WASHINGTON – The U.S. economy is recovering faster than expected from the pandemic downturn and is on track to regain all jobs lost during the coronavirus by mid-next year, in part due to huge federal spending that will push the budget deficit to $ 3 trillion for fiscal year 2021, announced the Congressional Budget Office on Thursday.
New projections, including the $ 1.9 trillion stimulus package signed by President Biden in March, give little credence to warnings from Republican lawmakers and some economists that all this spending could bring inflation to a standstill. Instead, the Household Department forecast that recent price increases for cars, airline tickets, and other products would be temporary and gradually decline this year.
Government officials downplayed the deficit projections and instead focused on predicting economic growth. They said the strong numbers confirm Mr Biden’s efforts to stimulate the economy and reiterate their view that inflation is unlikely to threaten the recovery.
The non-partisan budget office forecast inflation-adjusted economic growth of 6.7 percent for the year. That would be the fastest annual growth in the US since 1984. It is significantly faster than the Budget Bureau and the Biden government had each forecast for this year.
The unemployment rate is also expected to drop below 4 percent next year and remain historically low in the years to come, suggesting a significant acceleration in job growth compared to the office’s forecasts in February. The CBO said at the time that unemployment would not fall below 4 percent until 2026.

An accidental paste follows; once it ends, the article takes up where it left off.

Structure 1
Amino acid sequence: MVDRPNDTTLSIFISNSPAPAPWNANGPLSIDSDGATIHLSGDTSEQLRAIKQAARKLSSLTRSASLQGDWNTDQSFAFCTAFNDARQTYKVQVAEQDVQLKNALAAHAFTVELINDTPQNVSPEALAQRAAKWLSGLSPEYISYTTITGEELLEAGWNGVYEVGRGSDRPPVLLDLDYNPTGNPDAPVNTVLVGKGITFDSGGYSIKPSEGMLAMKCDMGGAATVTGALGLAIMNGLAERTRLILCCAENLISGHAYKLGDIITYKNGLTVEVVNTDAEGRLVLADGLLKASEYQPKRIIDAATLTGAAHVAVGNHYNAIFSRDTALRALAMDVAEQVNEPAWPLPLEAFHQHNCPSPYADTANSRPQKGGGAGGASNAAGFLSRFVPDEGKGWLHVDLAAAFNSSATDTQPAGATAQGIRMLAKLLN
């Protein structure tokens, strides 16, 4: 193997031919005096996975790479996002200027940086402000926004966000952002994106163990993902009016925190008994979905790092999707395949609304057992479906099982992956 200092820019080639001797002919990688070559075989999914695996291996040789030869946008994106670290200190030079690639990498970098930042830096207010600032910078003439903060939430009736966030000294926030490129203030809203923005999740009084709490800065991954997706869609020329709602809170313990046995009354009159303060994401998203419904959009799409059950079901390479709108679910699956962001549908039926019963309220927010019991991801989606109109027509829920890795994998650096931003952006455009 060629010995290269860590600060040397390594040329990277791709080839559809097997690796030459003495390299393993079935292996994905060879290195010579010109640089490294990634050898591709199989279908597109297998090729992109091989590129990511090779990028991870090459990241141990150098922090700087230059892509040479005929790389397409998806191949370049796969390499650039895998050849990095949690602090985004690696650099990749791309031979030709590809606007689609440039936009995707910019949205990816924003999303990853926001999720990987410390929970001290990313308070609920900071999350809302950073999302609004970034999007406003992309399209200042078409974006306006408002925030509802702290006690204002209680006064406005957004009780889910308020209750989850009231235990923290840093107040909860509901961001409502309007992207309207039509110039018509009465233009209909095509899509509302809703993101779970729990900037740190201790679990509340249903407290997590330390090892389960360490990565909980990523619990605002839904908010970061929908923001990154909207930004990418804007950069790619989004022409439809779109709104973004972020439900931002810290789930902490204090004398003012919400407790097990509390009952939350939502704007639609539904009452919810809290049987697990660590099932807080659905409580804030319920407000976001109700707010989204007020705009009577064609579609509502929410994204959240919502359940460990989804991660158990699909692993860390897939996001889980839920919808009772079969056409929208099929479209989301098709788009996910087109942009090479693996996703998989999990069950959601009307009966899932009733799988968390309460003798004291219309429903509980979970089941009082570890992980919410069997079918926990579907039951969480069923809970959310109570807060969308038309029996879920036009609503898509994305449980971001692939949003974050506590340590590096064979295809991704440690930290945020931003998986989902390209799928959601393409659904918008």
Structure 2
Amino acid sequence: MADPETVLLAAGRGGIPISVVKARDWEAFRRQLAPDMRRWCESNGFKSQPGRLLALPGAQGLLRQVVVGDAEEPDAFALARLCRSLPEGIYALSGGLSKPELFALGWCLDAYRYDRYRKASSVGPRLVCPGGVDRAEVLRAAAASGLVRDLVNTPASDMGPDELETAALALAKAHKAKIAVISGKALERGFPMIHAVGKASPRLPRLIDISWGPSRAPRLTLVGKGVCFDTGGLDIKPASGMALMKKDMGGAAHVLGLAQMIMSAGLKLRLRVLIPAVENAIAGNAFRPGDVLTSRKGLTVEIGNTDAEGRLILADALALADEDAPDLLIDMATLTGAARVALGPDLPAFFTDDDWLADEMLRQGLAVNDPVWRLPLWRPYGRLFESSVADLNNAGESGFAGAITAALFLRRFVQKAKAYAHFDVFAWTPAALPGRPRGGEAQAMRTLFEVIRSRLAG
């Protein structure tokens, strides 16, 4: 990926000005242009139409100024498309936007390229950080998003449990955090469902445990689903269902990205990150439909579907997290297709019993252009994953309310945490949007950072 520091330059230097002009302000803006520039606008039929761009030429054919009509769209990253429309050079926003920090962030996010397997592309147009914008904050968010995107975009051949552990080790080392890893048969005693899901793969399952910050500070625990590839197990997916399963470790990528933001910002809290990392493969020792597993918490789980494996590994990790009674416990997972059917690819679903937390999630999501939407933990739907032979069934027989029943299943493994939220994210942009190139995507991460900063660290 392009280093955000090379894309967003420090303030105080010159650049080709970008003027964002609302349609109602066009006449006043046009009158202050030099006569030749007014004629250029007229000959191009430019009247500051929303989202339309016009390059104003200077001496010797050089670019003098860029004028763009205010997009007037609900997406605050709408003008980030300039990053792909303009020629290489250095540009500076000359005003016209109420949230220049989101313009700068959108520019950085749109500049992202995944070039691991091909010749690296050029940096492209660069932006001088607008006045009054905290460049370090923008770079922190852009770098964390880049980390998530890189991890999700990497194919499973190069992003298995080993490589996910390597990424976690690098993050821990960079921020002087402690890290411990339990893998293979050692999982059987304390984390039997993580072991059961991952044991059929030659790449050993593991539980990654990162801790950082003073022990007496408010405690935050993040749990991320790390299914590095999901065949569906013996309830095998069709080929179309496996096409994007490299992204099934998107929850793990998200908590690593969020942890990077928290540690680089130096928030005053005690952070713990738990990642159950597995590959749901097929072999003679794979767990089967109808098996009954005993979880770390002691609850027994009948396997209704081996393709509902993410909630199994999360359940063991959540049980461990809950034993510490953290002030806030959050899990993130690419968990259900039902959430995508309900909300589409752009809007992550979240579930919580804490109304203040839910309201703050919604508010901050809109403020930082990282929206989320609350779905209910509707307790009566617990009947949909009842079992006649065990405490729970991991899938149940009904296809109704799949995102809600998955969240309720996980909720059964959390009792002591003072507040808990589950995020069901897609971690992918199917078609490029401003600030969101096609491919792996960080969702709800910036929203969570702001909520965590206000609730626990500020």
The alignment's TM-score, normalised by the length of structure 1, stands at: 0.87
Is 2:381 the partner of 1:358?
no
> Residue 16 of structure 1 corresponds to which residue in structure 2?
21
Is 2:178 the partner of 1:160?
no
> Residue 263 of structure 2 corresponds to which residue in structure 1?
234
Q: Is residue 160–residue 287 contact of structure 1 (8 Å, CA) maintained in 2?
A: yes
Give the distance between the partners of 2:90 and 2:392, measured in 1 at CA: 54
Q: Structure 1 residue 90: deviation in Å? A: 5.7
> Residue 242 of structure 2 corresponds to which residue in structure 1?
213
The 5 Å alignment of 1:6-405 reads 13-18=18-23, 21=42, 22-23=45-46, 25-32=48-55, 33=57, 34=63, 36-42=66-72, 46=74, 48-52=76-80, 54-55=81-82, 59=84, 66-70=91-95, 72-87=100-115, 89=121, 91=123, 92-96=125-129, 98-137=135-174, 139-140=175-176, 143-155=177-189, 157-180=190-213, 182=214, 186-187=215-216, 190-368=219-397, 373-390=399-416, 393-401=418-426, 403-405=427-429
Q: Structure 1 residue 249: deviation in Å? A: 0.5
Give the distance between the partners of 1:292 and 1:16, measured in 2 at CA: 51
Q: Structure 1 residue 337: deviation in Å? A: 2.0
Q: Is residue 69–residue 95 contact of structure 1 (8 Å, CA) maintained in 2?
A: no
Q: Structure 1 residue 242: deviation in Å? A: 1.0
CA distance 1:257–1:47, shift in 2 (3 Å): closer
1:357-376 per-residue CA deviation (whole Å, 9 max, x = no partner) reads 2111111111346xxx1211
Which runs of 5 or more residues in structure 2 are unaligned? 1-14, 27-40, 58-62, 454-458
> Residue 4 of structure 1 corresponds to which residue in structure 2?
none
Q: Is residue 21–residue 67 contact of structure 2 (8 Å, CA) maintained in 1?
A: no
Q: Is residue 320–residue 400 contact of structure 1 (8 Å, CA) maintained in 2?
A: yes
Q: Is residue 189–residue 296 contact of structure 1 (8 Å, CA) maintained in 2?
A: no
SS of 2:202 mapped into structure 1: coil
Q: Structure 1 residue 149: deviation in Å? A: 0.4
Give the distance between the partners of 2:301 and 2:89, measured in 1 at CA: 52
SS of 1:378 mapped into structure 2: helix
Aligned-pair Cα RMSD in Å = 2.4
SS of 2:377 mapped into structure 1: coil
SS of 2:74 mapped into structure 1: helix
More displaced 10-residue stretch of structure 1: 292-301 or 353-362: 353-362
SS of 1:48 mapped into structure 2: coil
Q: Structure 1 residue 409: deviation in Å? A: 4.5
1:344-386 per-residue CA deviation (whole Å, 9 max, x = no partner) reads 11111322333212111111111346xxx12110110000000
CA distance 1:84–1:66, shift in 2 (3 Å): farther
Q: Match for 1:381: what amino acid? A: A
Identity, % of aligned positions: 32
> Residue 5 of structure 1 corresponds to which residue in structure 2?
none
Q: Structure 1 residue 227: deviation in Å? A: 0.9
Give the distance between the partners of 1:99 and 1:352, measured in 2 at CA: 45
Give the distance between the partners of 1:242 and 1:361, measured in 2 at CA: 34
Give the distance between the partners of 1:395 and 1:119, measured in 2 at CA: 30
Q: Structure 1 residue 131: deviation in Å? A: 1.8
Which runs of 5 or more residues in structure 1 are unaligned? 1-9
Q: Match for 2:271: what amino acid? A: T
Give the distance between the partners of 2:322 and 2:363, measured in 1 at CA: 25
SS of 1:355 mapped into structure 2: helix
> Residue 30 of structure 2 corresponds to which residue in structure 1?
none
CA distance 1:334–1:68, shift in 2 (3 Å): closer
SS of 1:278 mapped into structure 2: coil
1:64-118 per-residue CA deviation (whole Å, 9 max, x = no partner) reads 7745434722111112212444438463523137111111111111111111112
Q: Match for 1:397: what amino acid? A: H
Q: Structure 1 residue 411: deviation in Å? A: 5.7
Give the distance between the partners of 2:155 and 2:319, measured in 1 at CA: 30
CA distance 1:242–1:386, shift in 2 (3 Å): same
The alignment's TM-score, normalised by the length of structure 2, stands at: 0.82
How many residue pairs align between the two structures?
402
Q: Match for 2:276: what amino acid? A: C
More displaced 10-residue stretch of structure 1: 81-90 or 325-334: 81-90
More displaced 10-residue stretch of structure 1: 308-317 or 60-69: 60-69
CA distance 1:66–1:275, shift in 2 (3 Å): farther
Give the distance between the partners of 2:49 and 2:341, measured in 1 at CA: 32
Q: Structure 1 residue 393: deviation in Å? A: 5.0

Budget office officials said the surge in growth and employment projections was largely due to aggressive government incentives. But the economy is also benefiting from consumers who are quick to spend the savings they built up during the pandemic. Budgets have been propped up by several rounds of the economy, including direct controls passed under President Donald J. Trump, and a faster-than-expected return to normal in the economy with the spread of vaccinations.
Mr. Biden’s employees claimed many of these developments for themselves. They said the president’s urge to speed up the production and distribution of vaccines has fueled the reopening of the economy. David Kamin, an associate director of the White House’s National Economic Council, said in an interview that Mr Biden’s stimulus package, the American Rescue Plan, was designed to bring about a faster return to low unemployment and that the budget bureau’s projections were evidence succeeded.
“This report really goes into the theory of why we had a rescue plan,” he said.
Government officials also announced updated International Monetary Fund projections, released Thursday afternoon, that predicted inflation-adjusted US economic growth of 7 percent in 2021. For the USA, the IMF forecast annual growth of 4.6 percent in April.
Mr Biden’s stimulus plan will bring the federal budget deficit near record highs for the fiscal year, the Budget Office predicted, but it will eventually leave the country in slightly better fiscal shape.